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Lebanon finally has a new government. Here are three reasons for cautious optimism.

- January 31, 2019
Lebanese Prime Minister Saad Hariri, smiles as he speaks to journalists at the presidential palace in Baabda, east of Beirut, Thursday, Jan. 31, 2019. (AP Photo/Hussein Malla)

After a nine-month deadlock marked by political bickering, a struggling economy and massive growing public debt, Lebanon’s political elite finally agreed Thursday on the formation of a new government. The compromise among Lebanon’s sectarian political factions will certainly inject some much-needed social normalcy and stability, and the new government will historically include four women ministers, among them Raya al-Hassan, leading the influential Ministry of Interior.

However, a closer look at the challenges this new government will have to tackle shows a more complicated picture. Here are three reasons for limited optimism.

Weak implementation of needed reforms

For the new government headed by the former and now incumbent prime minister, Saad Hariri, the most immediate challenge will be the economy. Lebanon’s public debt is steadily growing, and the new government will be expected to deliver on a set of pledges to unlock billions of dollars in promised foreign aid and loans to boost the country’s low and slow growth. However, the implementation of much-needed reforms faces two important obstacles.

The first is that ministers in the new government represent the same political factions guilty of exploiting public funds to strengthen their bases and maintain their electorates. It is unlikely that the same political representatives will suddenly decide to change old habits and implement reforms designed to prevent corruption and embezzlement.

The second issue will be revamping how the country’s political elite view the role of the public sector and the tax system. The World Bank and the International Monetary Fund agree that one way to create jobs and support the sluggish economy would be to reform the public sector, curb expenditures and improve the tax system. However, political factions in previous governments successfully derailed any reforms that called for progressive taxes on the wealthiest members of society.

Moderating U.S. sanctions  

In October 2018 following an event commemorating the 35th anniversary of the 1983 Marine barracks bombing in Beirut, President Trump signed into law the Hezbollah International Financing Prevention Amendments Act (HIFPAA). Conceived as part of the Trump administration’s plans to impose sanctions on Iran and its allies in the Middle East, the HIFPAA is meant to “isolate Hezbollah from the international financial system and reduce its funding.”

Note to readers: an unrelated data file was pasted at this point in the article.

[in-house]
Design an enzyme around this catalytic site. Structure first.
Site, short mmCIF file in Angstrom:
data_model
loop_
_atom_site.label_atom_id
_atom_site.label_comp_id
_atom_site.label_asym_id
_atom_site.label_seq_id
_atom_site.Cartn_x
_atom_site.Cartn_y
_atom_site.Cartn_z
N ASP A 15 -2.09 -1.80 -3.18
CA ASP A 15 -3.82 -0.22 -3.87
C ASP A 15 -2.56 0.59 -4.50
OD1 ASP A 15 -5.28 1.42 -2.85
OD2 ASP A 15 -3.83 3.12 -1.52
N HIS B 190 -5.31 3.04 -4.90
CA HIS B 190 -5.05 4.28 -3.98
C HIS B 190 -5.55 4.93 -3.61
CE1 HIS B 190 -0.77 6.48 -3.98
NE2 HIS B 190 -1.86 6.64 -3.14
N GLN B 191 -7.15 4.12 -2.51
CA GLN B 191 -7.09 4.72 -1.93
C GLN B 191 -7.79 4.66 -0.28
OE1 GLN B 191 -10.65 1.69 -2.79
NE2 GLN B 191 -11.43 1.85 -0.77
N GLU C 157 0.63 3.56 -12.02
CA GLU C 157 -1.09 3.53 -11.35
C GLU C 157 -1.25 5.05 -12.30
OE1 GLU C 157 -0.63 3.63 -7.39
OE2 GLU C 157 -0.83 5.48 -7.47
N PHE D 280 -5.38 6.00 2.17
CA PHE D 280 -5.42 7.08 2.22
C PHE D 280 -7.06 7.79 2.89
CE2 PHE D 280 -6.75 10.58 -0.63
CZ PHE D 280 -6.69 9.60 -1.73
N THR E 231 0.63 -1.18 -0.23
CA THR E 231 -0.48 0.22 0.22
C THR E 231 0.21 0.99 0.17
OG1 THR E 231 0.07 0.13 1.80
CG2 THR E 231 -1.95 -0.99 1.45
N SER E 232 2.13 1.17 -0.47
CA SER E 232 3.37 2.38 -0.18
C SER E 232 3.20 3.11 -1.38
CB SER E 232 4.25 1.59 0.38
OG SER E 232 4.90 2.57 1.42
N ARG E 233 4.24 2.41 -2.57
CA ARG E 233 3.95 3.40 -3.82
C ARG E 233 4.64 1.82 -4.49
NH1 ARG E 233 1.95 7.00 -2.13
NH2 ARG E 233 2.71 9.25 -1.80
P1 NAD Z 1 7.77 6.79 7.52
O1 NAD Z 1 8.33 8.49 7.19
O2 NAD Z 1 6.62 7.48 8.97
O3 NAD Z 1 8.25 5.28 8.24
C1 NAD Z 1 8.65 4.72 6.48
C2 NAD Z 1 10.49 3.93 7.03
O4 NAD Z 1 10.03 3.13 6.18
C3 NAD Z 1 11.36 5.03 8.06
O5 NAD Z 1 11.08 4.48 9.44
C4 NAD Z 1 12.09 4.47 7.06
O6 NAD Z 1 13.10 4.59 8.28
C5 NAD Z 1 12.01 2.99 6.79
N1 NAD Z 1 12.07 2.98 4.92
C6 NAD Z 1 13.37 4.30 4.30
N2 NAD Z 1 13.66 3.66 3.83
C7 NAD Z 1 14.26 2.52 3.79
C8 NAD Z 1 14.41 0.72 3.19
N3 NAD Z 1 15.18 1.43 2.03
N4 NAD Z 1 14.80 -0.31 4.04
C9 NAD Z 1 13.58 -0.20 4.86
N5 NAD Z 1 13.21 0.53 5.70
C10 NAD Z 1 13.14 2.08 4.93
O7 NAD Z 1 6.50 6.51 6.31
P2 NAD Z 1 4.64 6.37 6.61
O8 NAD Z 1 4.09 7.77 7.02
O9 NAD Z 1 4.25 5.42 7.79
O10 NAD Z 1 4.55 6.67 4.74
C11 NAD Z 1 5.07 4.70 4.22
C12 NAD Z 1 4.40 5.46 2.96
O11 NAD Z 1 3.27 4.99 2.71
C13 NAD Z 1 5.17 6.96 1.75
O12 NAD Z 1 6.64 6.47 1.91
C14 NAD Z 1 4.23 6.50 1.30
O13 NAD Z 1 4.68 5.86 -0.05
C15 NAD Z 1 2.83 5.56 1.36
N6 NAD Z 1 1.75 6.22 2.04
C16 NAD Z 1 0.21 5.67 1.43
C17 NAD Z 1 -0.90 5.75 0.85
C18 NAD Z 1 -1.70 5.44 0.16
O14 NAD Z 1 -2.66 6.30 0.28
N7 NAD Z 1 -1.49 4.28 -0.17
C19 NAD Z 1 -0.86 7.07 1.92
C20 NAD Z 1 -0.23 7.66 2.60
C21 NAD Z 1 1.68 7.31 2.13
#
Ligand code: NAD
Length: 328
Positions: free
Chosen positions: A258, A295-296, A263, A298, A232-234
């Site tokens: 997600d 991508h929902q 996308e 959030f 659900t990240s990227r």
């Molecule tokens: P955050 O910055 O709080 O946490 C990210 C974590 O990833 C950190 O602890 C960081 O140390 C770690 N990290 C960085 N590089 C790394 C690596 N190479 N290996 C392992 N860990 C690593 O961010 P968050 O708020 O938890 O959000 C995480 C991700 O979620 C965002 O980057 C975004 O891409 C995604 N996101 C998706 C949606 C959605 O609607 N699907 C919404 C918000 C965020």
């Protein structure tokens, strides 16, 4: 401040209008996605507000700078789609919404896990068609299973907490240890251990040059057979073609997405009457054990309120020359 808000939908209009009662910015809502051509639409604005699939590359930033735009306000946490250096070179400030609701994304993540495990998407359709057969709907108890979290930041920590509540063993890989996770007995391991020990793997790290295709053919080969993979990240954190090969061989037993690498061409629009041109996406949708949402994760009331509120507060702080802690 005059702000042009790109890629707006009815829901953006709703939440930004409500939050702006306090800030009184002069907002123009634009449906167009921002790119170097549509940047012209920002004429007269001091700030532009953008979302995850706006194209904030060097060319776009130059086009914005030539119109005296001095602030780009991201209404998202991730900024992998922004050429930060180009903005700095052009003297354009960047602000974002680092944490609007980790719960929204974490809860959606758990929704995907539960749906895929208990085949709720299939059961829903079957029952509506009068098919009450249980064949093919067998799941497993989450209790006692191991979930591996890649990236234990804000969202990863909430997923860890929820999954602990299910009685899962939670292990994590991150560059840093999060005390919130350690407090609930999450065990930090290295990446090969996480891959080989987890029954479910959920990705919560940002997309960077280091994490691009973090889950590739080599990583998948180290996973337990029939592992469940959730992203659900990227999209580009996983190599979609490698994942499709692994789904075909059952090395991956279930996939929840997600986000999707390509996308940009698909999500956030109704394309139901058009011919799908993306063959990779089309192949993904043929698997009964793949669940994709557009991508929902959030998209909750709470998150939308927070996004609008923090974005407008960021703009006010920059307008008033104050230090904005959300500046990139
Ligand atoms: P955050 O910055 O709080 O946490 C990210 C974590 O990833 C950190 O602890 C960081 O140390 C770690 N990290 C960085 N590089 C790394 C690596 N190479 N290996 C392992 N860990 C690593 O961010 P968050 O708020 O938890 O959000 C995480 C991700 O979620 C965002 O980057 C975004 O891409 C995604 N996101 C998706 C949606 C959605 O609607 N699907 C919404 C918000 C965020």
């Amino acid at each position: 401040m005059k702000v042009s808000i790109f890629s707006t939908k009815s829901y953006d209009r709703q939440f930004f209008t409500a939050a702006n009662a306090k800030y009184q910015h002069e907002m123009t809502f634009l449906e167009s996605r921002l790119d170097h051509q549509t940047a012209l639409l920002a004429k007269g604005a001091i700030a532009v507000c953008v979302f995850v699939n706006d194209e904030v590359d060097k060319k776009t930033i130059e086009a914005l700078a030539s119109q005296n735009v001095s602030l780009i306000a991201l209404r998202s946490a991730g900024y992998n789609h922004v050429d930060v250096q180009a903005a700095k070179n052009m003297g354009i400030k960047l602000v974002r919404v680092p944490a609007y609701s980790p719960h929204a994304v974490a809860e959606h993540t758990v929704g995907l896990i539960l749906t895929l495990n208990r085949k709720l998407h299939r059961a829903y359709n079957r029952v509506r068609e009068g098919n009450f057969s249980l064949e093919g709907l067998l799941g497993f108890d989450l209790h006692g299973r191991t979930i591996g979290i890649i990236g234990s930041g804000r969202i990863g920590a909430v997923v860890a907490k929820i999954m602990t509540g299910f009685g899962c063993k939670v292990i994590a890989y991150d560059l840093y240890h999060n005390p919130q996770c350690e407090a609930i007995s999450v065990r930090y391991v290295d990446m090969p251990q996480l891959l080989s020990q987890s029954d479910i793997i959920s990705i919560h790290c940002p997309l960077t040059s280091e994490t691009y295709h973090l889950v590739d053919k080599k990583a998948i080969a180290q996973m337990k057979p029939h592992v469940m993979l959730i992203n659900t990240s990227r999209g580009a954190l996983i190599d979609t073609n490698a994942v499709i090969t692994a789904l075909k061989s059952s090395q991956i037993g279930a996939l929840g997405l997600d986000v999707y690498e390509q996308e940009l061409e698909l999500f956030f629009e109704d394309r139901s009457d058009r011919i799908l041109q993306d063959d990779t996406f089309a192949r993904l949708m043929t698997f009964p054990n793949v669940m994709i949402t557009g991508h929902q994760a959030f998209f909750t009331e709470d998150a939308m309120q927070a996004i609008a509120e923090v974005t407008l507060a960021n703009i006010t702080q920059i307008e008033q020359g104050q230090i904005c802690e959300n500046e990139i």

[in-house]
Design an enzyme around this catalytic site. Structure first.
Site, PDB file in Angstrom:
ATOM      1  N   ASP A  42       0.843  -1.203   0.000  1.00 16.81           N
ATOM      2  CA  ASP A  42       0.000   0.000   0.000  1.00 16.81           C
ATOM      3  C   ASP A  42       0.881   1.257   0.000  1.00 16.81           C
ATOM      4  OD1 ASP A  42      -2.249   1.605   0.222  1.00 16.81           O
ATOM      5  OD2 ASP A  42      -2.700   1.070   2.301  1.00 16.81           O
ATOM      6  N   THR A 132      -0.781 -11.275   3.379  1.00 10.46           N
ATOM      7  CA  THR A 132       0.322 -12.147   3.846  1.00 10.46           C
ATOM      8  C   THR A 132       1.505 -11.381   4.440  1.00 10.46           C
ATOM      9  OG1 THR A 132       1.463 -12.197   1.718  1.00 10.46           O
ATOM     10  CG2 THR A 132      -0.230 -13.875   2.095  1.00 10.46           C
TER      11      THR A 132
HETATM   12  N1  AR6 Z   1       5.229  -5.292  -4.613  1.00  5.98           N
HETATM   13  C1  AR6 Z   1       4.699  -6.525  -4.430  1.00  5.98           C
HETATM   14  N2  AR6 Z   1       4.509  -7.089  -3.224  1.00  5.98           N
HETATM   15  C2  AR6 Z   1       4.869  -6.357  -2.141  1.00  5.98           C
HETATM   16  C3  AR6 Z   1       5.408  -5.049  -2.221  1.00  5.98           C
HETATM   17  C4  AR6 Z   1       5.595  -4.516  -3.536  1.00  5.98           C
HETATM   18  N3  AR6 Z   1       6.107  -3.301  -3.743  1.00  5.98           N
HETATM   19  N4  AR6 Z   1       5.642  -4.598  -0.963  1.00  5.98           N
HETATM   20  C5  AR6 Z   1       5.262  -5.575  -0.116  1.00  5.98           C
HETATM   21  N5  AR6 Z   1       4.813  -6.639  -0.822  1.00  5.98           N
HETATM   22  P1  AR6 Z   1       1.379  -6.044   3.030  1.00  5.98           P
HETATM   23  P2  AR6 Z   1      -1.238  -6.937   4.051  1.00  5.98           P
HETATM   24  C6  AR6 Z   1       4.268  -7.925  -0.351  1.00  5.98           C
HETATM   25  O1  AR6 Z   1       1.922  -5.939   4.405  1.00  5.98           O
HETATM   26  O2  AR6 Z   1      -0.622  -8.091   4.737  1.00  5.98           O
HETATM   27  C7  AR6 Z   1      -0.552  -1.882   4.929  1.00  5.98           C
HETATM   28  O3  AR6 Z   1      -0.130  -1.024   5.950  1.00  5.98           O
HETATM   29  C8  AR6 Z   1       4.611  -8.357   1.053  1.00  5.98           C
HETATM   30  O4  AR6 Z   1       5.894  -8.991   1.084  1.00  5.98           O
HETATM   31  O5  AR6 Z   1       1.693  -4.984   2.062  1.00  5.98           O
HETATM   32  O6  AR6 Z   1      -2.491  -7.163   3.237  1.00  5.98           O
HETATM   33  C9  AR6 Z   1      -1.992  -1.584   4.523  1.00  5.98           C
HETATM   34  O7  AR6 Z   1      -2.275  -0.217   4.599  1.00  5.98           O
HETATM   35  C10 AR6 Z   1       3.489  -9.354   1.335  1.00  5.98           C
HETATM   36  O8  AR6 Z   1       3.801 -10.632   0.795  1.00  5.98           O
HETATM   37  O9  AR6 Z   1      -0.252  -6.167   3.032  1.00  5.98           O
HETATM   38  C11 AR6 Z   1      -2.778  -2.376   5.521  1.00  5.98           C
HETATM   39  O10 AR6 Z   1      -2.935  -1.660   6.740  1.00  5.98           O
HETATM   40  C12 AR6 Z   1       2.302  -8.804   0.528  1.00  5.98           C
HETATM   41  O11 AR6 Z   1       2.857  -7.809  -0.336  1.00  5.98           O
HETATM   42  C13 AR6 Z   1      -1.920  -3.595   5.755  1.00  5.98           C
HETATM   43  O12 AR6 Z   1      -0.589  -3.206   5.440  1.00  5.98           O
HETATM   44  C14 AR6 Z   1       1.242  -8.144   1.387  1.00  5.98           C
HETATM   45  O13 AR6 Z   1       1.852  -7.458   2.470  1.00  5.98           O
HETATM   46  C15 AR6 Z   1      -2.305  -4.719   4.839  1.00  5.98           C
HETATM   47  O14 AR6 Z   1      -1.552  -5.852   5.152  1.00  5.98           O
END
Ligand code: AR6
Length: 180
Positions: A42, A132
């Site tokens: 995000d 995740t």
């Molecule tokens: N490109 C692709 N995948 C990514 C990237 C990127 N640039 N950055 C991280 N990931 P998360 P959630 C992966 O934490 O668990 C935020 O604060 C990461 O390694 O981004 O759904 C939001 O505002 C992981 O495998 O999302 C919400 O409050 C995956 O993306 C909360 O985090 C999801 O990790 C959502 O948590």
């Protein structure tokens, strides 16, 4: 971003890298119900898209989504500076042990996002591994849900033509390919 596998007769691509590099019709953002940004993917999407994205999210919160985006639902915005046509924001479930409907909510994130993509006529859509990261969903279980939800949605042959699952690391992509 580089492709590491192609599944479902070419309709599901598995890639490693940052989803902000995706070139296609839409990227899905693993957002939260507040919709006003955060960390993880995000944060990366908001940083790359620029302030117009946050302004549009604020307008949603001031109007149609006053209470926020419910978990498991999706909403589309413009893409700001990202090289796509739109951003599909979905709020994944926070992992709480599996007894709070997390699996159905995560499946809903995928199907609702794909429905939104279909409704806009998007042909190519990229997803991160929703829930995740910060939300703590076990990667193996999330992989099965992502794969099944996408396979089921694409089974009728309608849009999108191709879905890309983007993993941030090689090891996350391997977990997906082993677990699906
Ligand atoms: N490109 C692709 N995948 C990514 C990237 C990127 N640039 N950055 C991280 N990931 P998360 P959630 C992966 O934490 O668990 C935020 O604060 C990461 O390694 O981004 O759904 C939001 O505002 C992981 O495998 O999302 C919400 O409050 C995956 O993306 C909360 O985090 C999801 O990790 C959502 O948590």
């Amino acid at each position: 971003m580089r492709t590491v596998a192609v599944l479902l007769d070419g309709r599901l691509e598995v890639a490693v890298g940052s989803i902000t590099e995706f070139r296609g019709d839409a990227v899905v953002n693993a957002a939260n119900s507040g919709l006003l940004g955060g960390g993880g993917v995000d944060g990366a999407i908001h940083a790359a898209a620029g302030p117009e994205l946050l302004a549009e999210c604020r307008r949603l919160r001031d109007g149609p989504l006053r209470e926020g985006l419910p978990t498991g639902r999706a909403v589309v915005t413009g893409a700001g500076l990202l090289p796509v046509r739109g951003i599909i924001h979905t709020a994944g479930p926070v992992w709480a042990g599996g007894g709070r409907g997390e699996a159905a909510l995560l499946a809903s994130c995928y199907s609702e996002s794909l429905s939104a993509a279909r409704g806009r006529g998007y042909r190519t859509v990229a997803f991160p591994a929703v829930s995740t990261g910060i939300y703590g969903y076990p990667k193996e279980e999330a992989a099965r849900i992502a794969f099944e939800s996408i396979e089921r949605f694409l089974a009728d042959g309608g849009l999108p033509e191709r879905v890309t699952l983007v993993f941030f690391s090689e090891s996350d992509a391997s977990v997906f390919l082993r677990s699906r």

For the last few months, U.S. officials have signaled their concern to the Lebanese government over the possibility that Hezbollah’s share in the new government would include the Health Ministry. And the Trump’s administration’s “red line” warnings promised additional sanctions and other punitive measures to ensure that Hezbollah was denied the capabilities to use the Health Ministry’s resources to shore up its bases and strengthen its political influence in Lebanon and beyond the Shiite community.

In a statement Thursday, a U.S. Treasury Department official gave Lebanese officials mixed signals regarding how the Trump administration will interpret Hezbollah’s role in the new government. Despite some assurances that the United States will continue providing assistance, the new government will need to a find a way to accommodate U.S. interests and mitigate the possibility of new sanctions against Hezbollah’s financial networks and, by extension, Lebanon’s banking sector. While the Health Ministry was allocated to Hezbollah, the new minister is allied with the party but not actually a member.

Although U.S. officials have vowed to monitor Hezbollah’s activities and performance in the new government, it seems that, for now, the new government, in agreement with Hezbollah, has avoided a new round of sanctions. Nevertheless, the Lebanese government will still need to actively mitigate the pressures of existing sanctions against Hezbollah, especially those that target the banking sector and the country’s overall financial system.

Stalling the push for a new political system

After long months without a government, the moment of relief following the announcement of the new government may prompt some Lebanese citizens to pause their calls for serious political reform. The glimpse of hope that materialized with civil society’s empowered role in the 2016 municipal elections and 2018 parliamentary elections has now been eclipsed by the fixation on pulling Lebanon from the brink of economic collapse. As a result, even the fiercest critics of the current archaic sectarian political system may opt to silence their revolutionary calls in favor of saving Lebanon from total economic, social and political disintegration.

Political factions in the new government may be aware of the severity of the looming economic crisis and the need to implement dire reforms. However, a closer look at previous compromises among the political elite strongly suggests that they are temporary bargains in a permanent state of paralysis. The unintended consequence of the looming economic crisis in Lebanon has compelled most of population to warmly welcome the new government and coalesce around the same political leaders who are the architects of past and ongoing political debacles. Once the dust settles, we will see if the new government proves able to alter Lebanon’s dangerous cycle of perpetual paralysis and pave the way for a new social contract.

Jeffrey G. Karam is an assistant professor of political science at the Lebanese American University. He is also an associate at the Harvard Kennedy School of Government’s Middle East Initiative. You can follow him on Twitter @JGKaram.